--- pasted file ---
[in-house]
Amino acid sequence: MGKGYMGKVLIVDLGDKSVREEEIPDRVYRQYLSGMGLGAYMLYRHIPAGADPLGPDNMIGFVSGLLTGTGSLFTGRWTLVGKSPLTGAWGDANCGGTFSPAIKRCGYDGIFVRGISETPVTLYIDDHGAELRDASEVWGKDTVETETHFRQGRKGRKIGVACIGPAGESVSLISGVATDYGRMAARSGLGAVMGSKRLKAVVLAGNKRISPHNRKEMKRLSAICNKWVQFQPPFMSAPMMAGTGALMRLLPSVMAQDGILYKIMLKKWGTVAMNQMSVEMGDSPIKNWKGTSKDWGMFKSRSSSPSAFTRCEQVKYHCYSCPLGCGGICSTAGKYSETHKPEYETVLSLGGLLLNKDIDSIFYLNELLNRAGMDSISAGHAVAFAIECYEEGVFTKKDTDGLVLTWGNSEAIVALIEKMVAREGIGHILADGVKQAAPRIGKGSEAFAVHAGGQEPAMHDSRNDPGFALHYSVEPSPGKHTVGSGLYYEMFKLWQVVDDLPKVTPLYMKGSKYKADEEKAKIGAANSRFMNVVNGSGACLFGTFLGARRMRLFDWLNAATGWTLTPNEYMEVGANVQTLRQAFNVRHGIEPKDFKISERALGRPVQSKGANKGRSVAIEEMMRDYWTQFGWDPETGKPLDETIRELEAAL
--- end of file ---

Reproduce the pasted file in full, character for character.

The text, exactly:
[in-house]
Amino acid sequence: MGKGYMGKVLIVDLGDKSVREEEIPDRVYRQYLSGMGLGAYMLYRHIPAGADPLGPDNMIGFVSGLLTGTGSLFTGRWTLVGKSPLTGAWGDANCGGTFSPAIKRCGYDGIFVRGISETPVTLYIDDHGAELRDASEVWGKDTVETETHFRQGRKGRKIGVACIGPAGESVSLISGVATDYGRMAARSGLGAVMGSKRLKAVVLAGNKRISPHNRKEMKRLSAICNKWVQFQPPFMSAPMMAGTGALMRLLPSVMAQDGILYKIMLKKWGTVAMNQMSVEMGDSPIKNWKGTSKDWGMFKSRSSSPSAFTRCEQVKYHCYSCPLGCGGICSTAGKYSETHKPEYETVLSLGGLLLNKDIDSIFYLNELLNRAGMDSISAGHAVAFAIECYEEGVFTKKDTDGLVLTWGNSEAIVALIEKMVAREGIGHILADGVKQAAPRIGKGSEAFAVHAGGQEPAMHDSRNDPGFALHYSVEPSPGKHTVGSGLYYEMFKLWQVVDDLPKVTPLYMKGSKYKADEEKAKIGAANSRFMNVVNGSGACLFGTFLGARRMRLFDWLNAATGWTLTPNEYMEVGANVQTLRQAFNVRHGIEPKDFKISERALGRPVQSKGANKGRSVAIEEMMRDYWTQFGWDPETGKPLDETIRELEAAL